I’m at my mother’s house to help her cull a lifetime’s worth of linen, towels, clothes and shoes. It’s a task she is no longer able to manage herself, particularly since her stroke a few years back. It’s early on a Saturday morning, and I’ve left my own house in a mess, my teens still sleeping, my husband tending our garden.
I’m not far in when I find a jewellery box at the top of a wardrobe. Hand-painted mountain peaks and traditional Minka houses decorate its lacquered top and sides, a Japanese style popular in the 70s.
Seeing it dredges up memories long forgotten. The jewellery box was filled with glittering treasure bought back from the old country: a thick, ornate bangle with a complicated clasp; two British sovereigns bequeathed to us by my grandfather; a few Christening crosses and baby bracelets; and a diamond-shaped pendant that would nestle in Mum’s bosom when she wore it on special occasions.
I remember Mum and Dad regularly checking to see that everything was in its place; the provenance of each piece spoken about reverently.
I remember Mum and Dad regularly checking to see that everything was in its place; the provenance of each piece spoken about reverently. The jewellery box was proof that my parents had raised themselves out of the poverty of their Greek rural roots. Along with their newly-purchased worker’s cottage, and the small amounts of cash they could save from their factory jobs, the treasures within were insurance should they ever face such poverty again.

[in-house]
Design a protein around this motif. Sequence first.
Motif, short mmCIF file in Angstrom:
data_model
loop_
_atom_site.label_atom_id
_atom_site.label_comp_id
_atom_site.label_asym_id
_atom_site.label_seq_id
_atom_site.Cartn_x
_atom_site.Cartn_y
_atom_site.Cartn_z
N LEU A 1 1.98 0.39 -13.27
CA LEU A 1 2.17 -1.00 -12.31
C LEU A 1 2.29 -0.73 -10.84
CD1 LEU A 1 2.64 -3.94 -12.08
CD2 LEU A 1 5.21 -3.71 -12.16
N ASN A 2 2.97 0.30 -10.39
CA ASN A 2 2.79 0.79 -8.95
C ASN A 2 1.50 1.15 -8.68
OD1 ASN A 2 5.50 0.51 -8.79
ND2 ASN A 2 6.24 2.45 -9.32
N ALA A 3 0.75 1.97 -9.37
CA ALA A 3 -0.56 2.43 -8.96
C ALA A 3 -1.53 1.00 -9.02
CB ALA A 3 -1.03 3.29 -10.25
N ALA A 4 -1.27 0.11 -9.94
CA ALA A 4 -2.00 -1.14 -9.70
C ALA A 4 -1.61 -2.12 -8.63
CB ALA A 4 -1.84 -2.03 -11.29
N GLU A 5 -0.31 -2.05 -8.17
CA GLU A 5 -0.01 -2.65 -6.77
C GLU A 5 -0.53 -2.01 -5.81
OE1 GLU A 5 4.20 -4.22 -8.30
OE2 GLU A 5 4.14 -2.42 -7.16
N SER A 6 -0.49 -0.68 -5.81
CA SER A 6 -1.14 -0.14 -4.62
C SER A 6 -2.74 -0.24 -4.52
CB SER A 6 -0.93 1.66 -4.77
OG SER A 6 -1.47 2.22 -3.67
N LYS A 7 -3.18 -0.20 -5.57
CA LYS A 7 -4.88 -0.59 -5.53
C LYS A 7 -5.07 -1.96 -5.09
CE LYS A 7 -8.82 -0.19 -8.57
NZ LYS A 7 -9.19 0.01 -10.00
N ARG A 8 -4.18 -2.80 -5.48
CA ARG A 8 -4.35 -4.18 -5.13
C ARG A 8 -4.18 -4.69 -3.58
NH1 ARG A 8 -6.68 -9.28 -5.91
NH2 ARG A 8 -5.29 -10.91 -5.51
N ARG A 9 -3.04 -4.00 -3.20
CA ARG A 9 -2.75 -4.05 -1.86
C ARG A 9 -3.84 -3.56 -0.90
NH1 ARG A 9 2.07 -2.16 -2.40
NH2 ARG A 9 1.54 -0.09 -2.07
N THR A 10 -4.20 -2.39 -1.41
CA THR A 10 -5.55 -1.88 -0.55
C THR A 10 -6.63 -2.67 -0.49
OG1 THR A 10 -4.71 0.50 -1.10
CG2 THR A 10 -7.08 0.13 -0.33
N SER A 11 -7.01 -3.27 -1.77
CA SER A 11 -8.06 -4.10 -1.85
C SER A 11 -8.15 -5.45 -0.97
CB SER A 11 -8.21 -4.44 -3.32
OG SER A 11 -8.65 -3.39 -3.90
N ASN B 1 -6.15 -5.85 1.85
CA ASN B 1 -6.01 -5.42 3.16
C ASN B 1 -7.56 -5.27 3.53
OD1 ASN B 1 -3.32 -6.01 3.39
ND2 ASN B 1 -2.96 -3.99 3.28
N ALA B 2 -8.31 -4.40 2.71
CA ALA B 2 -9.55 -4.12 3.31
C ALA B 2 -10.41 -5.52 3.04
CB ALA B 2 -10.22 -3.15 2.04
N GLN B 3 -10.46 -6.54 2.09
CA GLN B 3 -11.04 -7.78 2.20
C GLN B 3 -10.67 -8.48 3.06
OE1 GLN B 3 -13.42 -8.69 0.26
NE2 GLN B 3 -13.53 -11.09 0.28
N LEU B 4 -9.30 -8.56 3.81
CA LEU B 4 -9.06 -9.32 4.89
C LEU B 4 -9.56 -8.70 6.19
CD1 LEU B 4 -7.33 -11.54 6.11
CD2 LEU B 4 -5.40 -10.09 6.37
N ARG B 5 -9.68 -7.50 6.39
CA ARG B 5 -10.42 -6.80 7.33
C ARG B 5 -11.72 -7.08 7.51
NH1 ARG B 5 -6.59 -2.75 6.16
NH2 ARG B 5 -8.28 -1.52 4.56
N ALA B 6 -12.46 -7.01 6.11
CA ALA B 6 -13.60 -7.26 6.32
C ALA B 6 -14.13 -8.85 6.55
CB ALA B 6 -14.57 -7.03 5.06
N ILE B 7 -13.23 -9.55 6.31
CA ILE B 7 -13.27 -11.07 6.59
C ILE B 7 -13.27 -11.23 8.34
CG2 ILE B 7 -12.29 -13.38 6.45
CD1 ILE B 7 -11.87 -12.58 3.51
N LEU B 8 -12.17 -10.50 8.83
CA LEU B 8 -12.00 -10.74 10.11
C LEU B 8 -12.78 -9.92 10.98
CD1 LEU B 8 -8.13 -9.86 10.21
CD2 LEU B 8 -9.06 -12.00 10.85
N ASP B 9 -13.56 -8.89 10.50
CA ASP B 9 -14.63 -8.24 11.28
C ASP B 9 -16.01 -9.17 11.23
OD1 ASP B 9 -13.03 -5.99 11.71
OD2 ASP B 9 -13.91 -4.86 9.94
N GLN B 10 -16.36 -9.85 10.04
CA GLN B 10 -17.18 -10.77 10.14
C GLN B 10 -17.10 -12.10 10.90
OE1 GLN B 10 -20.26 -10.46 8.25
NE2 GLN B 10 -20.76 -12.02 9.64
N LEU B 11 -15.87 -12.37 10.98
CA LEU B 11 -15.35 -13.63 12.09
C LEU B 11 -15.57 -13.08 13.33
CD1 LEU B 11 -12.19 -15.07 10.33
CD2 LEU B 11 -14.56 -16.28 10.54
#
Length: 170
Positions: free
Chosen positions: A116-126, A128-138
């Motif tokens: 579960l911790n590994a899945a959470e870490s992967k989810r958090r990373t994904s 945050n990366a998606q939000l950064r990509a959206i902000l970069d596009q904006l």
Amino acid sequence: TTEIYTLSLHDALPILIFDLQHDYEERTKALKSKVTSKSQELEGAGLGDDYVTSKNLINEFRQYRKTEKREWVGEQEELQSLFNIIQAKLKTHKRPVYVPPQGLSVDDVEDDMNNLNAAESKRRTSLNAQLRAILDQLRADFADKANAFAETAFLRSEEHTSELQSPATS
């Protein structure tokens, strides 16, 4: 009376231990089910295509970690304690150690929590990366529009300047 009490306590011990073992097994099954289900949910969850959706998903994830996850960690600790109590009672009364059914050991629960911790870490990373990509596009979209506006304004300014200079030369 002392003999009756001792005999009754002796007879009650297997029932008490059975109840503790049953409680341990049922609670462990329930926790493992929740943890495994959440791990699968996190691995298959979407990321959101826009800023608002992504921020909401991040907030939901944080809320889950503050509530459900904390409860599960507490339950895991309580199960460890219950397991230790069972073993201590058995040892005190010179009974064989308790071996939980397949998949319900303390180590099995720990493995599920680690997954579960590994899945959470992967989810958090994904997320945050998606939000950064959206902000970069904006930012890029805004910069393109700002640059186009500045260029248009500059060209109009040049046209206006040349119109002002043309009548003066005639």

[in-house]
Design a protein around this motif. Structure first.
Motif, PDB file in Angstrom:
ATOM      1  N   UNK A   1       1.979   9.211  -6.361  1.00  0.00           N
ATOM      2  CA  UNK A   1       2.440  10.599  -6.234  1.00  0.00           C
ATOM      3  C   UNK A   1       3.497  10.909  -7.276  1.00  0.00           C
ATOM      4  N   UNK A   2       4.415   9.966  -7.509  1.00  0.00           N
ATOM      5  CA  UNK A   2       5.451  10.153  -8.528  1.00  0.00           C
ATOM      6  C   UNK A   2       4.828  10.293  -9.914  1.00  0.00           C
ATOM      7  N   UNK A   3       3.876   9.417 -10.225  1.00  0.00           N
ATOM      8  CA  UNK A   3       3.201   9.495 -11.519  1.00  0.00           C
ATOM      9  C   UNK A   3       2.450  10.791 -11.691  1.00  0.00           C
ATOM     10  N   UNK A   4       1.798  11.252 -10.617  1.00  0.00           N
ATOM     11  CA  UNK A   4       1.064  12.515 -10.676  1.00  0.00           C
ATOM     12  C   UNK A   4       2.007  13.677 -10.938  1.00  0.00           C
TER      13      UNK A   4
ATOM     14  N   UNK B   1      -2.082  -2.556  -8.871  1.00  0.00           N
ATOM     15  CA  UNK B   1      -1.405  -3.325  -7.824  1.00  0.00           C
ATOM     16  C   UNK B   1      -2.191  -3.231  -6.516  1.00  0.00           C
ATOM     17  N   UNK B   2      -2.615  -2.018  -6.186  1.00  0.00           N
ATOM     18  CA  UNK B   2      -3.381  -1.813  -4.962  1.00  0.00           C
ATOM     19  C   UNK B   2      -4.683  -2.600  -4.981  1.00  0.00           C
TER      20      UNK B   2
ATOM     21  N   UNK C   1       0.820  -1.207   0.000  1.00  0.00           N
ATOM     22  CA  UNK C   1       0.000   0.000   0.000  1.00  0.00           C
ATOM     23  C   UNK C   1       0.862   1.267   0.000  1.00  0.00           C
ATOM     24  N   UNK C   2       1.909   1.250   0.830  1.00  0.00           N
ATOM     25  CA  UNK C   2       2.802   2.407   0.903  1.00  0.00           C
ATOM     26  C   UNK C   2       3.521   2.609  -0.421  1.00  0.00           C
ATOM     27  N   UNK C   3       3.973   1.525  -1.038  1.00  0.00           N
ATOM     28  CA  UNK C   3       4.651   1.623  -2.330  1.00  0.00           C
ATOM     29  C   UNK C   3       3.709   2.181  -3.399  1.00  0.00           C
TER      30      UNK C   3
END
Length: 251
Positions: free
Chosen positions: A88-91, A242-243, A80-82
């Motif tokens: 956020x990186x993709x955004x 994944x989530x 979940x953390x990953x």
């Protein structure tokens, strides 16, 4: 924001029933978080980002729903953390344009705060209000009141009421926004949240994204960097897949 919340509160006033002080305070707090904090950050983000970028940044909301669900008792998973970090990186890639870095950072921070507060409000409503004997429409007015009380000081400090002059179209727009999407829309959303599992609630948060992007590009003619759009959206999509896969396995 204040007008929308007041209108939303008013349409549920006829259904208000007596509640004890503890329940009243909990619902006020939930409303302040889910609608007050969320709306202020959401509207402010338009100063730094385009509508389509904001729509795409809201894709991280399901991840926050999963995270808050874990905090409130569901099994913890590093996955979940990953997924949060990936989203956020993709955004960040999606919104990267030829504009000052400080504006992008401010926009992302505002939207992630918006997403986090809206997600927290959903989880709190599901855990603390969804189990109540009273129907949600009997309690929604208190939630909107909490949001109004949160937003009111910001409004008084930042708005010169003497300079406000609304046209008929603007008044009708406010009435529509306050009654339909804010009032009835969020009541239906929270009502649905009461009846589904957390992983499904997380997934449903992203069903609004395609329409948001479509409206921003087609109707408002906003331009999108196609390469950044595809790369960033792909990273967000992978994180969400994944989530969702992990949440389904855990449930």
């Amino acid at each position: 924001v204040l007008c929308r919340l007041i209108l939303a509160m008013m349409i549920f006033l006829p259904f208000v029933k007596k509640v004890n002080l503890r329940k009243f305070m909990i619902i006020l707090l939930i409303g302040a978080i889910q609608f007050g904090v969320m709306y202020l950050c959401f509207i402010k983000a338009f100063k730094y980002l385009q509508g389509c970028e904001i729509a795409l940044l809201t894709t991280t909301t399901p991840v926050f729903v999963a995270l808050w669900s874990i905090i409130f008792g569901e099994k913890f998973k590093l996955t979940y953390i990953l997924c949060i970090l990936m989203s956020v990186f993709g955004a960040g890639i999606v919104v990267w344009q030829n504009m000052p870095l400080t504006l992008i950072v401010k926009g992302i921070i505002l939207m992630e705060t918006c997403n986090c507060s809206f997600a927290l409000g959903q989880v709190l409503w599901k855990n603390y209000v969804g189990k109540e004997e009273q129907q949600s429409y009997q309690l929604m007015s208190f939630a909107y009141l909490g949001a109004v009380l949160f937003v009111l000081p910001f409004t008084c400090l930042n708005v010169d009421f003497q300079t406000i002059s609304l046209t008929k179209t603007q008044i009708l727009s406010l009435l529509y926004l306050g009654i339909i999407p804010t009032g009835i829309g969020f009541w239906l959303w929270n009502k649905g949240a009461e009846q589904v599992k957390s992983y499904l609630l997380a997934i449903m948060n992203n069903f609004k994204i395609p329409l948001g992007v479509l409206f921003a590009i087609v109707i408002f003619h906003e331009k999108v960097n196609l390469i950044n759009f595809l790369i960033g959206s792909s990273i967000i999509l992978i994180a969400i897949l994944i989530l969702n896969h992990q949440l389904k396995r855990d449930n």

For me, by far the biggest treasure was the ballerina that spun every time you opened the lid. I revelled in watching her turn, her pale pink tutu and golden head of hair rotating slowly as a tinny tune played. I remember putting the lid down slowly, fascinated as the sound subsided, the ballerina bent down flat. Resting, I thought, to magically pop up again next time.
Now, the jewellery box feels lighter, less substantial than I remember it. Its surface is dull where once it gleamed with the weekly spray of Mr Sheen. It takes all my will power to stop myself from looking inside. To do that will take me down the cobbled road of the past, dragging me away from what needs to be done. I cannot, will not, be distracted.
I place the box gently on my mother’s bed and begin to move efficiently through piles of linen, towers of blankets and comforters, mounds of shoes. Mum potters around the house doing small, manageable tasks, advises when asked, agrees with most of my suggestions. I am pleased we are doing this now, not when she is gone.
Some hours later, several large bags sit beside the rubbish bin for disposal. A carload of items has been delivered to the op shop. Boxes have been labelled and neatly placed back into the wardrobe. The only thing left on Mum’s bed is the jewellery box.
Not a little apprehensively, I open the lid. The first thing I notice is the absence of music. The ballerina isn’t spinning. Her dress is faded and she leans a little to one side. I see that her golden locks are simply a lick of paint.
Spiri Tsintziras is a freelance writer.